Making therapeutic grade Maca is a blend of tradition, art and science. There are so many variables that can influence the quality during production and in turn alter the taste, texture and therapeutic properties of the final powder. Couple this with the ethics and sustainability of how it is sourced and finding a quality powder that isn’t hurting a community or the environment can be like finding a needle in a haystack. With the value of the exporting market reaching $33 million (USD) globally and so many companies trying to cash in on the action, all buying at the mercy of incentivised brokers in Peru, how do we know whether or not the powder we buy is worth the cost we pay? And how do we know whether we are fuelling the exploitation of farmers and communities in Peru or whether we are actually helping those who work so hard to produce Maca?
Below we have formulated 5 key questions we believe you must ask and have answered before choosing to buy Maca powder from anyone to ensure that your Maca is ethical, fair, sustainably produced, therapeutic and premium quality.
1. What form is the Maca; fresh, dried, raw, gelatinized or atomized?
The type of preparation of Maca will determine the way it should be prepared and in-turn the taste and therapeutic properties. Consuming Maca in the wrong way may greatly affect the potency and may even have negative side-effects on the body, not to mention an off-putting taste. Below is a chart outlining the different preparations and how each is best prepared in-line with science and tradition. One of the largest mistakes with regards to Westernised consumption of Maca is the ingestion of raw powder. This goes against the traditional practice of how it is consumed and the scientific studies relating to it. The Inca have never eaten raw maca for 2000 years and warn about doing it, maca has always been cooked or boiled (read more). For those looking for delicious ways that maca can be included in your daily routine check out our recipe booklet here. Beside the type of maca you must also know what colour you are consuming (yellow, red or black) as each has different biochemical profiles and offers different benefits. To understand the difference between the colours of maca please read more here.
Different types of Maca and how each should be prepared
2. What is the total macamide concentration?
The bio-active components of Maca that work in our brain to harmonize hormonal and nervous system imbalances are a series of Maca-specific fatty acid derivatives known as macamides and macaenes. These molecules work directly with a key enzyme in our endocannabinoid system (FAAH) to regulate and balance our entire endocrine function (read more here). They also act as key quality markers to the therapeutic potential of your Maca and a guide as to what dose you should take. A simple method to calculate the activity of a powder is to analyse 5 key known and characterized macamides* and their respective weight per gram of powder. The sum of all 5 can be expressed as a weight percentage.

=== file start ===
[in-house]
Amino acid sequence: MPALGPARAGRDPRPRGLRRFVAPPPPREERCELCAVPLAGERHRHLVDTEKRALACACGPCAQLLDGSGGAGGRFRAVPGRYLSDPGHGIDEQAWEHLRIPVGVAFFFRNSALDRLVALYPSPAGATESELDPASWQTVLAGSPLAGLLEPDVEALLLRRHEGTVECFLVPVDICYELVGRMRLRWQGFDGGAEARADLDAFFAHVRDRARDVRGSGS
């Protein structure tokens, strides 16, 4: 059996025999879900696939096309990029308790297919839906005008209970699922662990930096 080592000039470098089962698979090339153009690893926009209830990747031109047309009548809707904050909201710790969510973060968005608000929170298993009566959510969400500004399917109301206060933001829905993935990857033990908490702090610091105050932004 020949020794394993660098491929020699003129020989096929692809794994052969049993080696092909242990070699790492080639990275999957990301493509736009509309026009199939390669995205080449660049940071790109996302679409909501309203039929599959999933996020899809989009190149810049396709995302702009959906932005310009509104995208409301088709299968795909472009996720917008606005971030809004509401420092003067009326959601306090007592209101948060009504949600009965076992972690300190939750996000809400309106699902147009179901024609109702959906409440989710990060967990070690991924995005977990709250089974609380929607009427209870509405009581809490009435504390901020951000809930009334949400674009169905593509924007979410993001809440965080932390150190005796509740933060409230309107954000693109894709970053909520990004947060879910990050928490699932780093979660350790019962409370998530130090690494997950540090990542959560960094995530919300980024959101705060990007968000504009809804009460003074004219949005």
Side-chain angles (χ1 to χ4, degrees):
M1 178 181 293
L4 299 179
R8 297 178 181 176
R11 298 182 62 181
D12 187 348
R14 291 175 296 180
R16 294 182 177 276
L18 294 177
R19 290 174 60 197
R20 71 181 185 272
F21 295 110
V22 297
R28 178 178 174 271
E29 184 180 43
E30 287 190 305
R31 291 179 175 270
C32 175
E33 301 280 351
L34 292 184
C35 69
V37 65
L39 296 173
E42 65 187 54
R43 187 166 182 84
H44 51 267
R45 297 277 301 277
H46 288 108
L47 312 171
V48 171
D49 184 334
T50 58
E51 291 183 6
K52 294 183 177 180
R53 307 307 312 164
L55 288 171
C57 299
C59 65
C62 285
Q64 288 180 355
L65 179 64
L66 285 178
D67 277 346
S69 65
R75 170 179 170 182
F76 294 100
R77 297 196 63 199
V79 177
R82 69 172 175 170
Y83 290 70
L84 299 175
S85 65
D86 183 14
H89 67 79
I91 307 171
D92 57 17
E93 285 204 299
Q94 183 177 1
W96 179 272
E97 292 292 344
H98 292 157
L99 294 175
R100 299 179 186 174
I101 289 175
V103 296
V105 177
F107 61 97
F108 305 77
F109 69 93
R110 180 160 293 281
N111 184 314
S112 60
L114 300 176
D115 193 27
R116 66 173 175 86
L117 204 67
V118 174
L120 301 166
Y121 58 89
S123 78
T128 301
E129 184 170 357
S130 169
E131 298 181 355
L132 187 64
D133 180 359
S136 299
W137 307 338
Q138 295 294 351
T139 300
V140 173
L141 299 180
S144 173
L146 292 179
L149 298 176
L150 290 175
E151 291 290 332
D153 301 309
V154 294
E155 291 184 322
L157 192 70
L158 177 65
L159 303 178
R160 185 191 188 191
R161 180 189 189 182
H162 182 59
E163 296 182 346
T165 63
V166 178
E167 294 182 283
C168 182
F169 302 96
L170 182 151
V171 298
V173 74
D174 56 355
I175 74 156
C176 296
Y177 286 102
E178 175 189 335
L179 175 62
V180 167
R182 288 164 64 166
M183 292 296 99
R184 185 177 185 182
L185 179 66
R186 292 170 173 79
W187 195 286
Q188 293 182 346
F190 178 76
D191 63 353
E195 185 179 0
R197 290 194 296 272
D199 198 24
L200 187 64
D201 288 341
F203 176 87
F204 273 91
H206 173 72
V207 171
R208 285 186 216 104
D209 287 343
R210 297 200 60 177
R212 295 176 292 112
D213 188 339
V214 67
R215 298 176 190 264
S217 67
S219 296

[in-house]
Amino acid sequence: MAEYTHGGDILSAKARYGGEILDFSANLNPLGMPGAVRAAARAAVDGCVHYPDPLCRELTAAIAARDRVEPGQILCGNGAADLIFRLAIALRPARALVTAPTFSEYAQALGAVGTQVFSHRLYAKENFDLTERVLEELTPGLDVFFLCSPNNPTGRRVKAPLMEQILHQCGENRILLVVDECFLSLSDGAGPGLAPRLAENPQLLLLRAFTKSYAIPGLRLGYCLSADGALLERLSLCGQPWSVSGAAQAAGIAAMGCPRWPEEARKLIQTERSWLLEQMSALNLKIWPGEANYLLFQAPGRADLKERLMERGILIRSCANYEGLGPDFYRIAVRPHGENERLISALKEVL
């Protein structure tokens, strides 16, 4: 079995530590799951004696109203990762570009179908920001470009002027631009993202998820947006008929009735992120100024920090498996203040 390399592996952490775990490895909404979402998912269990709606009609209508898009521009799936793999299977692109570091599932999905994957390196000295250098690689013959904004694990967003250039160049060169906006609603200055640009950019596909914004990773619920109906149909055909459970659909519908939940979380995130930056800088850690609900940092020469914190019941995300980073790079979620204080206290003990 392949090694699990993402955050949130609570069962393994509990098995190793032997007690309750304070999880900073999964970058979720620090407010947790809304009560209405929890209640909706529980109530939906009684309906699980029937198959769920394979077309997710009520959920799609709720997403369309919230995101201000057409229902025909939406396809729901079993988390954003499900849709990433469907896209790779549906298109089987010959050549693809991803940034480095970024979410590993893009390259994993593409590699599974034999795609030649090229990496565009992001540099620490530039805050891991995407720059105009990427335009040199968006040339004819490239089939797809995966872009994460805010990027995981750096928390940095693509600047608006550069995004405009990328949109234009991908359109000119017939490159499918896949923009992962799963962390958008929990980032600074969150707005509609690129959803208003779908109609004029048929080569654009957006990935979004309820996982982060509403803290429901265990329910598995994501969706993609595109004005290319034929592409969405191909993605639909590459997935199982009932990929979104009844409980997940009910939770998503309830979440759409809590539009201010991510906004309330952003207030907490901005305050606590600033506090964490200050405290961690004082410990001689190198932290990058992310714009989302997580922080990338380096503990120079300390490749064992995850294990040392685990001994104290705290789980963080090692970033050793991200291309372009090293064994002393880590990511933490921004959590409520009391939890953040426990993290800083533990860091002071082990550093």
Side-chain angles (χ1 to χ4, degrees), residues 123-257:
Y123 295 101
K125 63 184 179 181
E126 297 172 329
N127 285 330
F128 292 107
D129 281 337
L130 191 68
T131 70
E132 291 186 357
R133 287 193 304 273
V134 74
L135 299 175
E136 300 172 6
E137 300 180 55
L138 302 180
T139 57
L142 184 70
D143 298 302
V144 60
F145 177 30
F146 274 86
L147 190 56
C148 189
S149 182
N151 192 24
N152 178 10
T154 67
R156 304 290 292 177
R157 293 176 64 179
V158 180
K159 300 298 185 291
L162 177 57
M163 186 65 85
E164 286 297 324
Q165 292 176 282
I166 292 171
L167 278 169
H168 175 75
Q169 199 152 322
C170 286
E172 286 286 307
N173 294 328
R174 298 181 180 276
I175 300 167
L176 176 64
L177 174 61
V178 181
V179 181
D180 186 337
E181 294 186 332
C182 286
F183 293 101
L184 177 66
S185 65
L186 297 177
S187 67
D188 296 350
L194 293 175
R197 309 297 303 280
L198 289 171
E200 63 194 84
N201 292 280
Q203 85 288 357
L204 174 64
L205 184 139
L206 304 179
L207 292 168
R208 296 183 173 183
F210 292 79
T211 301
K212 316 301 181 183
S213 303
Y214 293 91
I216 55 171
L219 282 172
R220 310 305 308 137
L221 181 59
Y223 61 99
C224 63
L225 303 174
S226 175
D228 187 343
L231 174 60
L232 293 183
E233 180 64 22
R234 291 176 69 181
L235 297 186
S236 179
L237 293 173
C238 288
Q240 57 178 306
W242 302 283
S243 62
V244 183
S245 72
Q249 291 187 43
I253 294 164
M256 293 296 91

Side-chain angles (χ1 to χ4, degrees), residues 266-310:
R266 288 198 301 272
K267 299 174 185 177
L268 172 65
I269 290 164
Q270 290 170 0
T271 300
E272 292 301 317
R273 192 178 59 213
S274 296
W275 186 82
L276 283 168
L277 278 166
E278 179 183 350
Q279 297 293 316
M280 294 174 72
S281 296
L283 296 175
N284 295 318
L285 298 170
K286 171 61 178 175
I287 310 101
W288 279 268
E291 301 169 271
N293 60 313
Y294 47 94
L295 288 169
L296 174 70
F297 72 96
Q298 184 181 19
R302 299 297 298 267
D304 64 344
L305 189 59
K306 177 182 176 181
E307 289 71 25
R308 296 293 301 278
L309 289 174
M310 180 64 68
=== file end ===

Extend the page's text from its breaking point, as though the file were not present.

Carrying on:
For a therapeutic powder a total known macamide weight percentage should be 0.25% or higher. This ensures 25+mg per 10g serve (1 tsp). The ideal target for general conditions and maintenance is 20-30 mg of macamides per day, while acute or chronic conditions can sometimes require 50-75 mg per day. It is best to consume daily for 4-8+ weeks to receive the optimum benefit for most endocrine issues. For more guidance on which Maca is right for you see here.
An independent analysis of 5 commercially available samples in New Zealand recently demonstrated only 2/5 powders were within this therapeutic range, meaning many customers purchasing Maca may be wasting their money on inferior powders that lack any therapeutic benefit. To ensure you are taking Maca that works check the macamide concentrations on the pack or with the supplier.
Not all maca powders are created equal. Macamide levels act as ideal quality guides for therapeutic benefit.
HPLC analysis of 5 key macamides* in randomly chosen commercial samples in NZ expressed at a % of total weight (mg/g).
*Macaene, N-Bz-HexDecamide, N-Bz-OctDecamide, N-Bz-OctatrienDecamide, N-Bz-OctdieneDecamide.
Ensure your Maca is Peruvian, single-origin and from the region of Junin.
3. Is it Peruvian Maca and where is the farm it is sourced from, is it single origin or multi-origin?
Maca is a plant unique to the Andes of Peru. It only grows between 3800-4500m and has been cultivated by the Inca for over 2000 years for medicinal and therapeutic uses. The main farming area and spiritual home to Maca is in the region of Junin where climatic and soil conditions are ideal to produce the best quality roots. Scientific studies have shown that Maca grown in other areas of Peru and the world lack the therapeutic properties of Maca from its cultivated birthplace in Junin (see here). All Maca sourced from Peru comes with a certificate of origin that should be provided upon exportation. Included should also be an organic certification. Ensure you are getting Maca from Junin as this is the region that produces the best quality roots and ensure it is organic certified. Also check if it is single origin (from 1 single farm) or multi origin (multiple farms) as this can affect the quality. Multi origin maca is often an assortment of quality powders mixed with cheaper powders to create a blend. Single origin artisanal maca is generally of better quality and higher macamide concentration.
4. How was the Maca produced, is it artisanal, following traditional farming methods or machine and factory mass produced?
Making good quality Maca is like making a good quality wine. Maca production is a long and complex, slow process. It consists of 2 continual overlapping cycles to produce the Maca roots and seeds seperately, each taking 9-12 months in total. Harvesting is all done by hand and drying of bulbs is naturally achieved at altitude over 3 months. Given the increased demand for Maca many farmers are now cutting corners to speed up production. This could be some of the reason to the large variations in Maca powder quality seen in the exporting market. Our research has shown that there are 6 key steps to producing premium quality powder. To ensure your Maca is potent, therapeutic and a rich palatable malt caramel flavour it is best to find Maca that has been cultivated traditionally. Each step and requirement is outlined below: